Leading up to the iPhone X release and even into Black Friday, analysts painted the big story for Apple stock around the iPhone X, sticking with their story about how unit numbers are the most important thing. They continued to say the iPhone X is the model that will make the story even bigger than it already was, but we could be seeing a sudden shift in the narrative.
A few analysts are starting to shift their focus for Apple stock from the number of iPhones sold to the long-term picture of the company’s massive user base. So are we starting to see the narrative for Apple stock turn from a story about an exciting and trendy brand to one about a legacy brand that’s still churning out strong sales but no longer excites the masses?
Is the iPhone supercycle thesis for Apple stock dead?
All year long, we’ve read report after report from analysts painting a picture of the so-called “supercycle” thesis, in which Apple stock will soar because the company will sell so many iPhone X units that investors will be amazed and impressed. Then this week UBS analyst Steven Milunovich declared the iPhone X cycle as likely “not a ‘supercycle’ but a solid year.”
He based his declaration on the results from his firm’s latest Evidence Lab survey, which found “flattish” buying intentions this year versus last year. He believes unit growth will slow in the U.S. and Europe because fiscal 2017 was strong. He also expects most of the unit growth to come from emerging markets because developed countries generally had a strong fiscal 2017.
As a result of the results from his firm’s latest survey, Milunovich now looks for a 10% increase in iPhone units rather than the 12% growth he was expecting previously.
Is this the new narrative for Apple stock?
The UBS analyst went on to suggest that if the survey is accurate in that unit growth ends up being rather muted in fiscal 2018, the narrative could switch to what he calls “iPhone annuity,” which basically just means squeezing extra money out of iPhone users. According to Milunovich, Apple management has even said they see the iPhone as an annuity because the installed base is growing with a high retention rate.
“As iPhone cyclicality dampens, investor focus will turn to leveraging that base through other products and services,” the analyst predicts. “For example, the vast majority of iPhone users don’t pay for Apple services—we expect new services to be introduced in coming years.”
Where does Apple go next?
Indeed, at some point, there will be little opportunity for unit growth if Apple keeps rolling as it has with the iPhone for the last ten years. At this point, Apple stock will truly stop being a growth stock—unless the company releases a new growth product that takes the place of the iPhone. This is one reason some value investors such as Warren Buffett have begun to see Apple stock in a new light based on the products the company makes rather than on the strong growth it is able to achieve.
Thus, Apple has two main options for keeping investors happy: release a new growth product or find ways to squeeze more dollars out of the users it already has. If Milunovich is correct, then the company will launch some paid services to try to replace the dollar growth it has enjoyed from getting more people to buy iPhones. iCloud is probably just the tip of the iceberg here, but it’s the beginning of a master plan to convince users to pay for something they previously didn’t pay for. Instead of adding a microSD slot to expand storage like Samsung does, make users pay more for models with extra storage or pay monthly for iCloud.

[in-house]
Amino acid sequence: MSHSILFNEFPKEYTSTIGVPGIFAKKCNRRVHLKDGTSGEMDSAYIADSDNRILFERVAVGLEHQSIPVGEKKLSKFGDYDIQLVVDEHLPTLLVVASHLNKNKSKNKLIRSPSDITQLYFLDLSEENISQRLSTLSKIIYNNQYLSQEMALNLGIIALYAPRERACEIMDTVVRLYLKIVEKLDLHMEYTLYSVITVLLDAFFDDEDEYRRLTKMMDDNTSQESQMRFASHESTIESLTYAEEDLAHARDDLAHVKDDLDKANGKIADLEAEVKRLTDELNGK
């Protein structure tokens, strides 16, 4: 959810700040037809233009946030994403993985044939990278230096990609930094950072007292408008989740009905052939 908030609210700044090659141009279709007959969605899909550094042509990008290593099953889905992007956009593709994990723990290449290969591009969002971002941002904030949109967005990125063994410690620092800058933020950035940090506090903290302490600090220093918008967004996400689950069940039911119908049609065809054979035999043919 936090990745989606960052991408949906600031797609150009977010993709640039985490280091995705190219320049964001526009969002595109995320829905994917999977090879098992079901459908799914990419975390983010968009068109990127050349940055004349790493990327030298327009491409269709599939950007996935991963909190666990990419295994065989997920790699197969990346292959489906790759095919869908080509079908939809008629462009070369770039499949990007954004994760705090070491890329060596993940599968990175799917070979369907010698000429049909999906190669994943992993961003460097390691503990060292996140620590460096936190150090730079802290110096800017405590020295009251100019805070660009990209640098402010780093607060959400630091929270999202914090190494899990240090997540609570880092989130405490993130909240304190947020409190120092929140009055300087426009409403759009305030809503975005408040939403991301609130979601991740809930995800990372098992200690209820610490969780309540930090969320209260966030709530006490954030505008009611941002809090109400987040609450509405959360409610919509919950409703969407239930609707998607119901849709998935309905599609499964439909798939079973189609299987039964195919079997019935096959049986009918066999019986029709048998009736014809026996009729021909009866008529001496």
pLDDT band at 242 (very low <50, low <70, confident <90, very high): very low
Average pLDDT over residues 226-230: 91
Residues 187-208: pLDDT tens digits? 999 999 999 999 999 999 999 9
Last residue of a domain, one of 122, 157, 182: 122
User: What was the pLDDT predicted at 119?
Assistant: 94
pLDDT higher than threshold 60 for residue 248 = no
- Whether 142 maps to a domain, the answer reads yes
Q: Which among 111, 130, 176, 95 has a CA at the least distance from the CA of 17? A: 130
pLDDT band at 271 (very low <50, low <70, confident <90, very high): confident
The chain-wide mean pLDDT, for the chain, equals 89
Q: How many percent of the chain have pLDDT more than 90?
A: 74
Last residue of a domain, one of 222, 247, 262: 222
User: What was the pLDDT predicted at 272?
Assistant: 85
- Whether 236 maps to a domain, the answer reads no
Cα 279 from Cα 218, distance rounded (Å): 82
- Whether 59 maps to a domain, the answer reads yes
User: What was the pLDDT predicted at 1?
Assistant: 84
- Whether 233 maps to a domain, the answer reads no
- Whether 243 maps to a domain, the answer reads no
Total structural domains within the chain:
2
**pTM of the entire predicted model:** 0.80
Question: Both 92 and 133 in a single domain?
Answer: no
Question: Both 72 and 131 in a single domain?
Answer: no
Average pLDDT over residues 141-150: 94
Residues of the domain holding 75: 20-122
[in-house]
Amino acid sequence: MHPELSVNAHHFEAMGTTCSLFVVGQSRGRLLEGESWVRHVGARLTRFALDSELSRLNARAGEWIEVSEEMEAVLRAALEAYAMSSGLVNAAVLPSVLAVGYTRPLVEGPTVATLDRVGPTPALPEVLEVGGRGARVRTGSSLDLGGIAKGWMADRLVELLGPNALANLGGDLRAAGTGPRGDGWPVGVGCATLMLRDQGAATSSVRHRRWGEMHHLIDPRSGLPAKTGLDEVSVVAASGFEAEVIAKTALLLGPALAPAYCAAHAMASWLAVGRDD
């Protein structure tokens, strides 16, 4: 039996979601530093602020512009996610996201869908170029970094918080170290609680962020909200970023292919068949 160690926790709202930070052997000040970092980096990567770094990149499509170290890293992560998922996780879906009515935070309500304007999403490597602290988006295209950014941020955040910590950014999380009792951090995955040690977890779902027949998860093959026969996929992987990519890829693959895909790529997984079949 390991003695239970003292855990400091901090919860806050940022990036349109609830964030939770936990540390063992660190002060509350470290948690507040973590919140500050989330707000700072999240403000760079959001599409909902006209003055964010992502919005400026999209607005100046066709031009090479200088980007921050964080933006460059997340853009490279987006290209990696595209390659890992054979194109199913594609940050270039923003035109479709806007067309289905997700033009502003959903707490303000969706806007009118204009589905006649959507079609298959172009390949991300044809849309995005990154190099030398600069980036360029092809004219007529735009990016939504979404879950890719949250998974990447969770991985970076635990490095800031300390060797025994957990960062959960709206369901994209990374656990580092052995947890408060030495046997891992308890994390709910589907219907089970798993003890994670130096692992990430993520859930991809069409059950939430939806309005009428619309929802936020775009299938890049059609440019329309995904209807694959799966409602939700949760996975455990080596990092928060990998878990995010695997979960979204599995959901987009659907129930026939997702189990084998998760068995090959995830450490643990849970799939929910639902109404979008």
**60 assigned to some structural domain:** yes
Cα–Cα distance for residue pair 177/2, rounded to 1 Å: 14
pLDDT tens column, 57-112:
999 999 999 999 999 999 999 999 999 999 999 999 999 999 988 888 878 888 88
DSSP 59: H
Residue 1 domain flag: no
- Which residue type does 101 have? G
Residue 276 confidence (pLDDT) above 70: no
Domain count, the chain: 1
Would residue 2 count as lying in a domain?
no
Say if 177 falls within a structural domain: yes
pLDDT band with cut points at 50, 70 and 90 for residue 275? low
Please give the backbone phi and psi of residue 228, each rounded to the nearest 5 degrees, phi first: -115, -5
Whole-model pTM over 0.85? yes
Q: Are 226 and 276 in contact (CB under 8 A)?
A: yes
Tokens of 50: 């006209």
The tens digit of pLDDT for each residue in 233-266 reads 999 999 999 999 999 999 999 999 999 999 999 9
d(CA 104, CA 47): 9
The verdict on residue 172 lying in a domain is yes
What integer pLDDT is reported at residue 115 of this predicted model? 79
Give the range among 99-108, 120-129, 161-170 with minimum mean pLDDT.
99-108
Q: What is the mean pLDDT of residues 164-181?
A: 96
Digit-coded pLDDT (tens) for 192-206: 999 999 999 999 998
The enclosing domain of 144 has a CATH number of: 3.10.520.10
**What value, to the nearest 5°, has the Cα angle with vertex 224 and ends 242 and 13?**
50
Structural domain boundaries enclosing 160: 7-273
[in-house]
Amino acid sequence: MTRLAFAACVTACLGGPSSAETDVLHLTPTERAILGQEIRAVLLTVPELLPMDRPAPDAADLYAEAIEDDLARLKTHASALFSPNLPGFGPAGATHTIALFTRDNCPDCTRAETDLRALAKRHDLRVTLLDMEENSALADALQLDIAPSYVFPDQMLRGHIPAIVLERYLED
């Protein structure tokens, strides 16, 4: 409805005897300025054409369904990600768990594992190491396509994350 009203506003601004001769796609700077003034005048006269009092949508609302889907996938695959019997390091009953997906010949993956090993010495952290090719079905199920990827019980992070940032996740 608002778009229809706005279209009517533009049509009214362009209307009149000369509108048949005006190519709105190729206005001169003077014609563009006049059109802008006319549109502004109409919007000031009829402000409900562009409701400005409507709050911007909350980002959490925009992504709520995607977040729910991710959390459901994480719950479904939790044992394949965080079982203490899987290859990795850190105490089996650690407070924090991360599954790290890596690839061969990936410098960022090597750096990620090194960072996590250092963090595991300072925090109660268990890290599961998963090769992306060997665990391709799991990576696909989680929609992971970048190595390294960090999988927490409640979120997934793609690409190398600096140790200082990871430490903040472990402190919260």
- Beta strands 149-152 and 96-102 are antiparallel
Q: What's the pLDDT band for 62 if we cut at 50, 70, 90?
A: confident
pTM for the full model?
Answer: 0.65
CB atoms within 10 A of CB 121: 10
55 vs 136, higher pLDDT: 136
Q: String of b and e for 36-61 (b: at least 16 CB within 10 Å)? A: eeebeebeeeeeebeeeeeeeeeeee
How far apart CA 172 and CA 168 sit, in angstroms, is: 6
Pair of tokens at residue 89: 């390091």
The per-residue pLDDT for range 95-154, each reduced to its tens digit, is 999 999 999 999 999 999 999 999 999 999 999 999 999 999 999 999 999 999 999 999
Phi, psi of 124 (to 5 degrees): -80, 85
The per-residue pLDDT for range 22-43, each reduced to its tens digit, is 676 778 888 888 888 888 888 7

UBS has a Buy rating and $190 price target on Apple stock.
Where else could Apple look for growth?
Milunovich isn’t the only analyst to shift his focus for Apple stock from iPhone units to user base monetization. Nomura Instinet analyst Jeffrey Kvaal also offered a similar sentiment in his note this week, although it wasn’t his main focus. He also suggested some other areas Apple might look for growth. Specifically, he thinks “revenue drivers beyond the X cycle are taking shape.”
Kvaal expects average selling prices to lift revenues for the December quarter, driven by the iPhone X of course. He sees the X as the first generation of Apple’s augmented reality platform and predicts that generation two next year could include two iPhone models with OLED displays measuring 5.8 inches and 6.5 inches, accompanied by one LCD model.
He sees 3D sensing, augmented reality, services, enterprise sales and the Apple Watch as being the main drivers of revenue in fiscal 2019 and between supercycles in the future.
How high is too high for the Apple stock multiple?
Kvaal pegs Apple’s service revenue at 13% of total sales in 2018, a 20% increase, and he believes such an outcome could boost the Apple stock multiple as services become a higher percentage of the revenue mix. Services revenues typically carry higher margins and are often recurring as well, and because of these two things, investors might assign Apple stock a higher multiple as the mix increases.
The Nomura Instinet analyst noted also that the Apple stock multiple has been cyclical since 2010. It expanded leading up to the iPhone 6 three years ago and then again this year ahead of the iPhone X. However, he also notes that historically, the Apple stock multiple has contracted in the following year as iPhone unit growth slowed.
Kvaal has a Buy rating and $185 price target on Apple stock. The stock fell by as much as 0.56% to $173.12 in intraday trading on Tuesday.